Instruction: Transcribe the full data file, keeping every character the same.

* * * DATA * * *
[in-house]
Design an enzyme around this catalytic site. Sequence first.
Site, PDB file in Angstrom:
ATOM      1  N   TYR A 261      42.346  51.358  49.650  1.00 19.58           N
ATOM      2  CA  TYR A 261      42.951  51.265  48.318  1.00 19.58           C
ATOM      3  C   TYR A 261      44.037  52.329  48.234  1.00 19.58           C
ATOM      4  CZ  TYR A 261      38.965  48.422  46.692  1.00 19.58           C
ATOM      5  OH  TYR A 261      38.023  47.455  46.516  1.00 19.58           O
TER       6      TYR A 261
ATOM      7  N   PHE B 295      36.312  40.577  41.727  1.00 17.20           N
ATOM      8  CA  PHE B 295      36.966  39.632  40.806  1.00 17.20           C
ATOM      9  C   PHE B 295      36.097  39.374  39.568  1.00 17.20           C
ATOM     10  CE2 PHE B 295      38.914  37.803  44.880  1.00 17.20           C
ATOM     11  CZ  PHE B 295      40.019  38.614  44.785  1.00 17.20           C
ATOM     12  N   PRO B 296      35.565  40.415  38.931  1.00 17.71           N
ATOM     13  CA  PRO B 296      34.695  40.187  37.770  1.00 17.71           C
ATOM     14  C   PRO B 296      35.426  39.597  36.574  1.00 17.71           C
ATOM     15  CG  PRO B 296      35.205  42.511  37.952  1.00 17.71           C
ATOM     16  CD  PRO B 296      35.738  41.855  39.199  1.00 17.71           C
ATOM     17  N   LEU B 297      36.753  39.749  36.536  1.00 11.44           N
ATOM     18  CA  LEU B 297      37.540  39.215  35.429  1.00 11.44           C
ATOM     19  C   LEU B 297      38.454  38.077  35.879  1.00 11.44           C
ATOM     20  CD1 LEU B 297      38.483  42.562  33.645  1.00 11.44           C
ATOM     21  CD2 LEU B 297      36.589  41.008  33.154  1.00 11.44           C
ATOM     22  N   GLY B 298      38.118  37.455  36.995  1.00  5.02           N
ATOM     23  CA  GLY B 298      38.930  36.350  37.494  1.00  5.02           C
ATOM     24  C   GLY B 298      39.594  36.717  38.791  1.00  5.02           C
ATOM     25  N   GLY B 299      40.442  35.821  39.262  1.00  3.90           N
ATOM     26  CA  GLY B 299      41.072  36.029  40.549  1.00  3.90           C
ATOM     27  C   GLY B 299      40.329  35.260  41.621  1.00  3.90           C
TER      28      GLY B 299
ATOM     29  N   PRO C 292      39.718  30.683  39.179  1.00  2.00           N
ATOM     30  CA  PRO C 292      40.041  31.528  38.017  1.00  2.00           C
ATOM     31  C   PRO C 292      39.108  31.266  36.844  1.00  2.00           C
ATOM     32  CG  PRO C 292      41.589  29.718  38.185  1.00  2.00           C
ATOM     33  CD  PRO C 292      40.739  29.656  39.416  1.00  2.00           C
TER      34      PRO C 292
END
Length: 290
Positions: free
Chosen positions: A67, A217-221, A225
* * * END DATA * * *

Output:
[in-house]
Design an enzyme around this catalytic site. Sequence first.
Site, PDB file in Angstrom:
ATOM      1  N   TYR A 261      42.346  51.358  49.650  1.00 19.58           N
ATOM      2  CA  TYR A 261      42.951  51.265  48.318  1.00 19.58           C
ATOM      3  C   TYR A 261      44.037  52.329  48.234  1.00 19.58           C
ATOM      4  CZ  TYR A 261      38.965  48.422  46.692  1.00 19.58           C
ATOM      5  OH  TYR A 261      38.023  47.455  46.516  1.00 19.58           O
TER       6      TYR A 261
ATOM      7  N   PHE B 295      36.312  40.577  41.727  1.00 17.20           N
ATOM      8  CA  PHE B 295      36.966  39.632  40.806  1.00 17.20           C
ATOM      9  C   PHE B 295      36.097  39.374  39.568  1.00 17.20           C
ATOM     10  CE2 PHE B 295      38.914  37.803  44.880  1.00 17.20           C
ATOM     11  CZ  PHE B 295      40.019  38.614  44.785  1.00 17.20           C
ATOM     12  N   PRO B 296      35.565  40.415  38.931  1.00 17.71           N
ATOM     13  CA  PRO B 296      34.695  40.187  37.770  1.00 17.71           C
ATOM     14  C   PRO B 296      35.426  39.597  36.574  1.00 17.71           C
ATOM     15  CG  PRO B 296      35.205  42.511  37.952  1.00 17.71           C
ATOM     16  CD  PRO B 296      35.738  41.855  39.199  1.00 17.71           C
ATOM     17  N   LEU B 297      36.753  39.749  36.536  1.00 11.44           N
ATOM     18  CA  LEU B 297      37.540  39.215  35.429  1.00 11.44           C
ATOM     19  C   LEU B 297      38.454  38.077  35.879  1.00 11.44           C
ATOM     20  CD1 LEU B 297      38.483  42.562  33.645  1.00 11.44           C
ATOM     21  CD2 LEU B 297      36.589  41.008  33.154  1.00 11.44           C
ATOM     22  N   GLY B 298      38.118  37.455  36.995  1.00  5.02           N
ATOM     23  CA  GLY B 298      38.930  36.350  37.494  1.00  5.02           C
ATOM     24  C   GLY B 298      39.594  36.717  38.791  1.00  5.02           C
ATOM     25  N   GLY B 299      40.442  35.821  39.262  1.00  3.90           N
ATOM     26  CA  GLY B 299      41.072  36.029  40.549  1.00  3.90           C
ATOM     27  C   GLY B 299      40.329  35.260  41.621  1.00  3.90           C
TER      28      GLY B 299
ATOM     29  N   PRO C 292      39.718  30.683  39.179  1.00  2.00           N
ATOM     30  CA  PRO C 292      40.041  31.528  38.017  1.00  2.00           C
ATOM     31  C   PRO C 292      39.108  31.266  36.844  1.00  2.00           C
ATOM     32  CG  PRO C 292      41.589  29.718  38.185  1.00  2.00           C
ATOM     33  CD  PRO C 292      40.739  29.656  39.416  1.00  2.00           C
TER      34      PRO C 292
END
Length: 290
Positions: free
Chosen positions: A67, A217-221, A225